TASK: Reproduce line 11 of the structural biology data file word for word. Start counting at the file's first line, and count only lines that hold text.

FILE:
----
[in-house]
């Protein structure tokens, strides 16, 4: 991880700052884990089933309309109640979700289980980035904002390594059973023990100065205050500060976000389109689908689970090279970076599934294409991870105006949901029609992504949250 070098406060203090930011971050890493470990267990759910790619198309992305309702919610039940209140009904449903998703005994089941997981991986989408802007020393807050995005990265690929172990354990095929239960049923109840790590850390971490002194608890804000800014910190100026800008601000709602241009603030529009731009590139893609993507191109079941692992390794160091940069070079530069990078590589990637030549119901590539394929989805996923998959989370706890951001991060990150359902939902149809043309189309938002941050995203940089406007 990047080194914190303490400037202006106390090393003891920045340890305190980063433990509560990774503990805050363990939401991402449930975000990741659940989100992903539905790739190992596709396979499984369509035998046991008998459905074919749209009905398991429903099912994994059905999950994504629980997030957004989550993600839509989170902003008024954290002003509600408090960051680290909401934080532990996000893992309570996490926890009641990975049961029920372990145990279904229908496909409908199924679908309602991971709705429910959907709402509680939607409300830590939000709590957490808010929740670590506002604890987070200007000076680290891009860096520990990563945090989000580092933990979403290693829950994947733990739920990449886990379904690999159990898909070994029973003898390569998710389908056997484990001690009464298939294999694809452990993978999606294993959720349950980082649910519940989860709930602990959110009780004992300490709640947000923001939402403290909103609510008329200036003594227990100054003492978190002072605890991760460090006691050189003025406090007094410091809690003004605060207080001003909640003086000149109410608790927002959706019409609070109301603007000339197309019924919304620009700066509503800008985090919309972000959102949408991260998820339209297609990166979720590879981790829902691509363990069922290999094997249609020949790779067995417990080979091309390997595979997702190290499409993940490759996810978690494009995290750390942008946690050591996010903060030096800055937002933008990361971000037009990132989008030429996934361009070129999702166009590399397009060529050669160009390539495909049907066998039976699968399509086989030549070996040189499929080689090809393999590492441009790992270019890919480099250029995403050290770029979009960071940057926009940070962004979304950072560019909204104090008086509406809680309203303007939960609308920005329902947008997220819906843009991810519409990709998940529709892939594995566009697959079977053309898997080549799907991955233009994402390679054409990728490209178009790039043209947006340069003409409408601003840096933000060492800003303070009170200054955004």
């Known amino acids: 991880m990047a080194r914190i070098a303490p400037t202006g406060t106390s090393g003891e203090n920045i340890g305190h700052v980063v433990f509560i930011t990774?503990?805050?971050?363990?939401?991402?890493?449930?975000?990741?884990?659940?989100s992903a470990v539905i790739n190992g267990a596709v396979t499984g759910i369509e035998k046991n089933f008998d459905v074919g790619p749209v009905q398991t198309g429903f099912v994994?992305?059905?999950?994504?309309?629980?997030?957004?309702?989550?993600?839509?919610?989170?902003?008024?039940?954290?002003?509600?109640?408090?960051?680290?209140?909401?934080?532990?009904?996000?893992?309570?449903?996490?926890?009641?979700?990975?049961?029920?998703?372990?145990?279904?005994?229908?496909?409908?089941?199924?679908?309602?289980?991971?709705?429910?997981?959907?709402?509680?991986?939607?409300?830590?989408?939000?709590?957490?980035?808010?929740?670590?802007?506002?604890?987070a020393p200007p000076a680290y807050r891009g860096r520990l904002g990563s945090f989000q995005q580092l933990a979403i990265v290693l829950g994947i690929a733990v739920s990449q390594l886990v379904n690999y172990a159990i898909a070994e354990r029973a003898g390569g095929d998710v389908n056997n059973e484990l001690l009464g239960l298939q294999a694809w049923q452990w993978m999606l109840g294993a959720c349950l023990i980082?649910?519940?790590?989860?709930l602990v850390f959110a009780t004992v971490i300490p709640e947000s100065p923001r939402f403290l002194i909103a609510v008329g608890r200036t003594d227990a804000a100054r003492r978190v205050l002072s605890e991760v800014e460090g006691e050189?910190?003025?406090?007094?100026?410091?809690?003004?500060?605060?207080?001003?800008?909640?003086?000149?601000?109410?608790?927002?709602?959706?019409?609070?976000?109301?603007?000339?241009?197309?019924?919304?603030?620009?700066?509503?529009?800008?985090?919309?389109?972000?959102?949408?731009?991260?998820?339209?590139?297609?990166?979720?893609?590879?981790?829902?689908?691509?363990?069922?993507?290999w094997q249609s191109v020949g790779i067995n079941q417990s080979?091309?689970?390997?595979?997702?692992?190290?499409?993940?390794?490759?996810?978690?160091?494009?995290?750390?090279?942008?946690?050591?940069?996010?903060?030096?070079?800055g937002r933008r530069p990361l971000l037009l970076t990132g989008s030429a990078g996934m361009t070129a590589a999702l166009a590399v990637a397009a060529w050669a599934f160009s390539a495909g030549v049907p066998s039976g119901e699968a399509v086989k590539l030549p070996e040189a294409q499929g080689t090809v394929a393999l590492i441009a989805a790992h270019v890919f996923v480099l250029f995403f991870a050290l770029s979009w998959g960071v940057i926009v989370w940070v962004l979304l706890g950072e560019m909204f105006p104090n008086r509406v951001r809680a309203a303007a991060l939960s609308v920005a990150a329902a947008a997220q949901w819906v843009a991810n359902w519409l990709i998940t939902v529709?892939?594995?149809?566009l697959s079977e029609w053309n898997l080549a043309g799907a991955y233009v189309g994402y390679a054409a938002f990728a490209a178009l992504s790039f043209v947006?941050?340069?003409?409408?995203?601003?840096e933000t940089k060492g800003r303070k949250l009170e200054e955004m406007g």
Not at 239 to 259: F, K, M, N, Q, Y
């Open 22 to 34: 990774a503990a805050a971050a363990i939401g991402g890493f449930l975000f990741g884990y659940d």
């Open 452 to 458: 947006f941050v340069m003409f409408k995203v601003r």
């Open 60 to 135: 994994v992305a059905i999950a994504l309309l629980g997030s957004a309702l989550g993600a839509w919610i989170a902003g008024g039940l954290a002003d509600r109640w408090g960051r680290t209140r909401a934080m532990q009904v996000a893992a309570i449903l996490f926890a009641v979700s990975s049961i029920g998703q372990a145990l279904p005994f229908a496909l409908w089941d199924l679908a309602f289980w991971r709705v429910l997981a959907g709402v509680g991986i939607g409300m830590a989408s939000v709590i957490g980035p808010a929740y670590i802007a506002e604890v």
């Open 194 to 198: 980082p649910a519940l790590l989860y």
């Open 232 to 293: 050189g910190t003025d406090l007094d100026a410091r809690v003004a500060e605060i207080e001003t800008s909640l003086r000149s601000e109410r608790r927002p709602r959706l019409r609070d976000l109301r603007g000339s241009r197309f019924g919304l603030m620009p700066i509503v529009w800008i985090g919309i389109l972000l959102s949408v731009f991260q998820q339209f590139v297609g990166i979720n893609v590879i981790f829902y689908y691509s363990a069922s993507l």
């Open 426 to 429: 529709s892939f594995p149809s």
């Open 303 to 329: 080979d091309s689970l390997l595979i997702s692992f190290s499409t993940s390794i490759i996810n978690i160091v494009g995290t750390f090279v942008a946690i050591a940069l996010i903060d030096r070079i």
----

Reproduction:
């Open 303 to 329: 080979d091309s689970l390997l595979i997702s692992f190290s499409t993940s390794i490759i996810n978690i160091v494009g995290t750390f090279v942008a946690i050591a940069l996010i903060d030096r070079i």